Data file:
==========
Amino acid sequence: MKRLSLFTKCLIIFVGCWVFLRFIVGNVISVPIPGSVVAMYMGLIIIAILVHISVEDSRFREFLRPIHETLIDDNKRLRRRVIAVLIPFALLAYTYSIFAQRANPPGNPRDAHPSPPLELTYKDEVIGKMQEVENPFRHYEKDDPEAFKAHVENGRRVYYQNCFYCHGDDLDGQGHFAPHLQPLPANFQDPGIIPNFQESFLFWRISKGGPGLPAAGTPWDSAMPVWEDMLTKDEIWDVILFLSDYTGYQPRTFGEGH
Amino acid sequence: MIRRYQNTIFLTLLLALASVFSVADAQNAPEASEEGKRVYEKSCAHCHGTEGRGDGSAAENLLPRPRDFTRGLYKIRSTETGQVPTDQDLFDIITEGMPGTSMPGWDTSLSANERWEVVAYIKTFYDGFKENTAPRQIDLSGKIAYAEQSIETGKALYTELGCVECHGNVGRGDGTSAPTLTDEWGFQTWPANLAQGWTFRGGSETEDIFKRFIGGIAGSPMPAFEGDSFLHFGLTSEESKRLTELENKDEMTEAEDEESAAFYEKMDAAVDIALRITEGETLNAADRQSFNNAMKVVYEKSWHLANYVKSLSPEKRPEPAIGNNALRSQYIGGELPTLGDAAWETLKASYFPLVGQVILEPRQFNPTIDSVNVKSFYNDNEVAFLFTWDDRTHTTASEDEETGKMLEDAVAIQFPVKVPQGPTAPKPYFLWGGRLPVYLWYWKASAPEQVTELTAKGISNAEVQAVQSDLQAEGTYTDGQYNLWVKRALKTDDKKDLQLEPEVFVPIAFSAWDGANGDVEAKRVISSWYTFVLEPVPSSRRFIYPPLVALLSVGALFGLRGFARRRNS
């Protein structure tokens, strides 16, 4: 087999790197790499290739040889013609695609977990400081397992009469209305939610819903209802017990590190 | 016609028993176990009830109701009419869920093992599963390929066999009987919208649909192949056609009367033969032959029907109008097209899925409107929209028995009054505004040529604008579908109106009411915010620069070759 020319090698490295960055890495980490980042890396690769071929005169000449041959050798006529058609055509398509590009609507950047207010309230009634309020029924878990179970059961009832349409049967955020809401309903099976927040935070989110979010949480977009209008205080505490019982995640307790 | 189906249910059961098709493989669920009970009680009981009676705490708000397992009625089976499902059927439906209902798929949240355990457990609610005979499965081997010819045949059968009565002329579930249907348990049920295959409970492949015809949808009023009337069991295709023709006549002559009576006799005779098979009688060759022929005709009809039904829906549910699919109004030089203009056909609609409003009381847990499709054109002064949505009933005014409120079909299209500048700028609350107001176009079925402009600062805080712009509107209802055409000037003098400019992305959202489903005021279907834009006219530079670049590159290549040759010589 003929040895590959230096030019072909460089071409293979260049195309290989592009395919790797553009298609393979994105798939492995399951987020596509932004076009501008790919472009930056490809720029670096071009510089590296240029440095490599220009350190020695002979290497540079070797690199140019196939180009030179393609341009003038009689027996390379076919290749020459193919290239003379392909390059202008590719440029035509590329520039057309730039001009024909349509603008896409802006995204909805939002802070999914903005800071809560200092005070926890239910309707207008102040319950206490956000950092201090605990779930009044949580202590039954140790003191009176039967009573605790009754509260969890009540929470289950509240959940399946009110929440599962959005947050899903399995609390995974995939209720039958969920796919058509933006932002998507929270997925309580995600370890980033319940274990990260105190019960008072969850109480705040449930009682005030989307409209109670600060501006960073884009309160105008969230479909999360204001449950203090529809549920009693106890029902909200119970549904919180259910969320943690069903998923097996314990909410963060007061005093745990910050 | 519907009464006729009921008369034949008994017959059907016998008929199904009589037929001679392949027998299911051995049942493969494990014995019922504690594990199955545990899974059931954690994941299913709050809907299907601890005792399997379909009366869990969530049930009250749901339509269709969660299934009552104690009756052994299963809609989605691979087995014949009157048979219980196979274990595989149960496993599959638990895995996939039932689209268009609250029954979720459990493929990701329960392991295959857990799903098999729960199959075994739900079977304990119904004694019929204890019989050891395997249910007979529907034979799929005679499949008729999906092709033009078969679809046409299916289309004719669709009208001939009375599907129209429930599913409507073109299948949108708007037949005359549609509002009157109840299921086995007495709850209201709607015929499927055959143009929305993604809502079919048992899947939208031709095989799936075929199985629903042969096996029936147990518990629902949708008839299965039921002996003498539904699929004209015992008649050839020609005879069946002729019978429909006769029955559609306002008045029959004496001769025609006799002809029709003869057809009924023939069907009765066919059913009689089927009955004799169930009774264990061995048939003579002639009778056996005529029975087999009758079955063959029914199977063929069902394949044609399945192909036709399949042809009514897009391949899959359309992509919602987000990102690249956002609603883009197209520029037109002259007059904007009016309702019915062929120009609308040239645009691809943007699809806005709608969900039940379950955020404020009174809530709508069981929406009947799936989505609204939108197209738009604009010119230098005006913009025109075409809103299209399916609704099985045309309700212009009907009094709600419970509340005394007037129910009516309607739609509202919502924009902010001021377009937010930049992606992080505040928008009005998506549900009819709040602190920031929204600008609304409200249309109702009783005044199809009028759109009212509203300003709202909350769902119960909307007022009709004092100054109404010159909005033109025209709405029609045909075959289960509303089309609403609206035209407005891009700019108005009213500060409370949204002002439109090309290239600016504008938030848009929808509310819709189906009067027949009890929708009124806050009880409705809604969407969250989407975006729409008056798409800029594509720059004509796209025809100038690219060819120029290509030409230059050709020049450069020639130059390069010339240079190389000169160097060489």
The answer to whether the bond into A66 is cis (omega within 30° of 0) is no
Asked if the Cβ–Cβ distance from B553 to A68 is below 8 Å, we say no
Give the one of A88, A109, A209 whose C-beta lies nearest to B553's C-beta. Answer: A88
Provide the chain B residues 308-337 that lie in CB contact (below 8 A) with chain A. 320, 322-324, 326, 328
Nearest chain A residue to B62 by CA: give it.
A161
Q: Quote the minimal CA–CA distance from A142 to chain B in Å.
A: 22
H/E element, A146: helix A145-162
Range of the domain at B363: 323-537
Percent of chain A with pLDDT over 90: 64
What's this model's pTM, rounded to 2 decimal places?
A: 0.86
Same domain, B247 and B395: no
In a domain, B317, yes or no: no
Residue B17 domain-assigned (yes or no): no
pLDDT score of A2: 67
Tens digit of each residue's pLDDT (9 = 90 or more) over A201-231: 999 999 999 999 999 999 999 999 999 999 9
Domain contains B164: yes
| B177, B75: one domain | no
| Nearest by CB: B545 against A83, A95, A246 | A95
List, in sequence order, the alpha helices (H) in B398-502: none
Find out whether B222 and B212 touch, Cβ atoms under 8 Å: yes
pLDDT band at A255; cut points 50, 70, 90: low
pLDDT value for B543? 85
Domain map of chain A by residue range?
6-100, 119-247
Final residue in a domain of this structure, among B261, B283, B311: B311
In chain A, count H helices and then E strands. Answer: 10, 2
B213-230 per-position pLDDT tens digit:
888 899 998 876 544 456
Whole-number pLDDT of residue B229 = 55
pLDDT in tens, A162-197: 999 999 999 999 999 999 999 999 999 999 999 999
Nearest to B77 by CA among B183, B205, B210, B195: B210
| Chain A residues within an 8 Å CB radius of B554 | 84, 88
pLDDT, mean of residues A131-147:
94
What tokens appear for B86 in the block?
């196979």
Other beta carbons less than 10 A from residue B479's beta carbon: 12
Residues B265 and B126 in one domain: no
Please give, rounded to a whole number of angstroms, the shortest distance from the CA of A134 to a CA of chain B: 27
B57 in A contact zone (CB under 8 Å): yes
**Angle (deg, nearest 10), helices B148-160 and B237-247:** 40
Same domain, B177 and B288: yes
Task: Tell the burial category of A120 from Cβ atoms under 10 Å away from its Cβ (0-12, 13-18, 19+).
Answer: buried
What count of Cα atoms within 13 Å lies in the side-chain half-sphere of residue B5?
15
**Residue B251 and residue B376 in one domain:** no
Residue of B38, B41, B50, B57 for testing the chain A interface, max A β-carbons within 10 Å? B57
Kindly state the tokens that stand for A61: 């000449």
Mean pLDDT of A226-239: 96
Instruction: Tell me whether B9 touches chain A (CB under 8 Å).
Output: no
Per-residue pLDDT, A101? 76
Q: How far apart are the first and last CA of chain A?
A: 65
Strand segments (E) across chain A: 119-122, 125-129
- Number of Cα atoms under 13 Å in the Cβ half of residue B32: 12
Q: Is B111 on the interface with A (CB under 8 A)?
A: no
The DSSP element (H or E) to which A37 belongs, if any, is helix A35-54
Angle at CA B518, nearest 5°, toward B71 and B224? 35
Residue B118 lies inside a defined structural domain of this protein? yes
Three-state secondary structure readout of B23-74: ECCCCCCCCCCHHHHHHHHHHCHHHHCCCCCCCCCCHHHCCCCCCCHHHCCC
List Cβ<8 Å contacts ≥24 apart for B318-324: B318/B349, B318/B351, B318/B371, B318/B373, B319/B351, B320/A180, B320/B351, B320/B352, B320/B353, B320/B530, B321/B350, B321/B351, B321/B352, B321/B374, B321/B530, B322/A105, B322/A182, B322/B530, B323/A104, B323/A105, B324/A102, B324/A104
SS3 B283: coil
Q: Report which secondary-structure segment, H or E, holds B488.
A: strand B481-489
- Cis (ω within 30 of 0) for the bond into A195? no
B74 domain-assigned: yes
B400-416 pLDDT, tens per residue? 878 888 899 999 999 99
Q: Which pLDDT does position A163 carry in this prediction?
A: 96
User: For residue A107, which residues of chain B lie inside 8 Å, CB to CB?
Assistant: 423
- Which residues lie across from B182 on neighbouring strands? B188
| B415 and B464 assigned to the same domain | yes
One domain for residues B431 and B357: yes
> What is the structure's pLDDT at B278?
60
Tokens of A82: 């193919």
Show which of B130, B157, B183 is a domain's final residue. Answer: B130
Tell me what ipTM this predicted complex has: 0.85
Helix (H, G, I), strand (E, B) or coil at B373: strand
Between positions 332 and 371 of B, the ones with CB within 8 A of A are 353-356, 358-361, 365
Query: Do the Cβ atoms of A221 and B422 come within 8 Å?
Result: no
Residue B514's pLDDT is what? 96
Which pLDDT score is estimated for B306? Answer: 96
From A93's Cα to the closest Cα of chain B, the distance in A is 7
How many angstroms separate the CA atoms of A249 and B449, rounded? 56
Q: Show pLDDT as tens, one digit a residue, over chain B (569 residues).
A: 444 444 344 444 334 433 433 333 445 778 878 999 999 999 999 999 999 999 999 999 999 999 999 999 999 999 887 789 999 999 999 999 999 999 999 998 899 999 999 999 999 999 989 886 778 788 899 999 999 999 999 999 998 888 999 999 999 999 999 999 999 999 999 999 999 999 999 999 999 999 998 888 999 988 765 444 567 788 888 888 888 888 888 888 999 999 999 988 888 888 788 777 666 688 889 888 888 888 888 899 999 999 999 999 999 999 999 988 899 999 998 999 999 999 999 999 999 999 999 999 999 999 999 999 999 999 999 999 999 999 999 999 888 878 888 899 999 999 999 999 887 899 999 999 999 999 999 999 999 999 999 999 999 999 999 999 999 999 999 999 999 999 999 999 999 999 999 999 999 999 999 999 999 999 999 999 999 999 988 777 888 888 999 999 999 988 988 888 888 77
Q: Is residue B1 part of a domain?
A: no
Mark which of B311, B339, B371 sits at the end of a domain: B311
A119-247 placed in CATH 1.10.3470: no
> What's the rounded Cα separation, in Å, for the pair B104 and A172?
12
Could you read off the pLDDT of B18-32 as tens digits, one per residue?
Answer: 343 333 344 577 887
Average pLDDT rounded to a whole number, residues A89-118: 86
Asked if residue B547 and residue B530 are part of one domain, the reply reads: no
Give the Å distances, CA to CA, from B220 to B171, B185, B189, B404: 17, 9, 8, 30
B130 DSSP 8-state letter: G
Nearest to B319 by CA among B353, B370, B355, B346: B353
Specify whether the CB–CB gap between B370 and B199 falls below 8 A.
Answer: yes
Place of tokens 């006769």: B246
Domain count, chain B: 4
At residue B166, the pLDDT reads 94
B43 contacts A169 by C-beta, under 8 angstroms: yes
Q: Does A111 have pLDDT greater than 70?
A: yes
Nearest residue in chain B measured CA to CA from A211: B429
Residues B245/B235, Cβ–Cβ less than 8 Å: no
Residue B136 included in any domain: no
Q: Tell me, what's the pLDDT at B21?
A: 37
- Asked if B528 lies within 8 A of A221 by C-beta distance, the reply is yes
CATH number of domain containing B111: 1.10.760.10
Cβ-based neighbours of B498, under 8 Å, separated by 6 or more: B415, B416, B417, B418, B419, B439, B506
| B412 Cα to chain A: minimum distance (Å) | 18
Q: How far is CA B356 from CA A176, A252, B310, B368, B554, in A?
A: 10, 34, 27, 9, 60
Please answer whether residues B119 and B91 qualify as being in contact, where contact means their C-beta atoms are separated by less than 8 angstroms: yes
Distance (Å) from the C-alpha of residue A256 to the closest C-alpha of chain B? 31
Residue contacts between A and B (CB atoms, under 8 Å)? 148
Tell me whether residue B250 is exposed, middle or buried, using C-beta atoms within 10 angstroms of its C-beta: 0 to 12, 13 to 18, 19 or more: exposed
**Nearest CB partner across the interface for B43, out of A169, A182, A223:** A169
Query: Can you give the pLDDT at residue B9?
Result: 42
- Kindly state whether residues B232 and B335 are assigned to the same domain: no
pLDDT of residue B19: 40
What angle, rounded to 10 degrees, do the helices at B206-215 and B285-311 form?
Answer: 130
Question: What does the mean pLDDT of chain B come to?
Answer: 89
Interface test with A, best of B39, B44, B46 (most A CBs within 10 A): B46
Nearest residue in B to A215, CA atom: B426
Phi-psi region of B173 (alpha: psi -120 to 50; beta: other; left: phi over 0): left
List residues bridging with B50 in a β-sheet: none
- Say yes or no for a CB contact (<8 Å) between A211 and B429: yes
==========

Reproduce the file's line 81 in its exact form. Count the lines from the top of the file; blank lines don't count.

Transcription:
- Which residues lie across from B182 on neighbouring strands? B188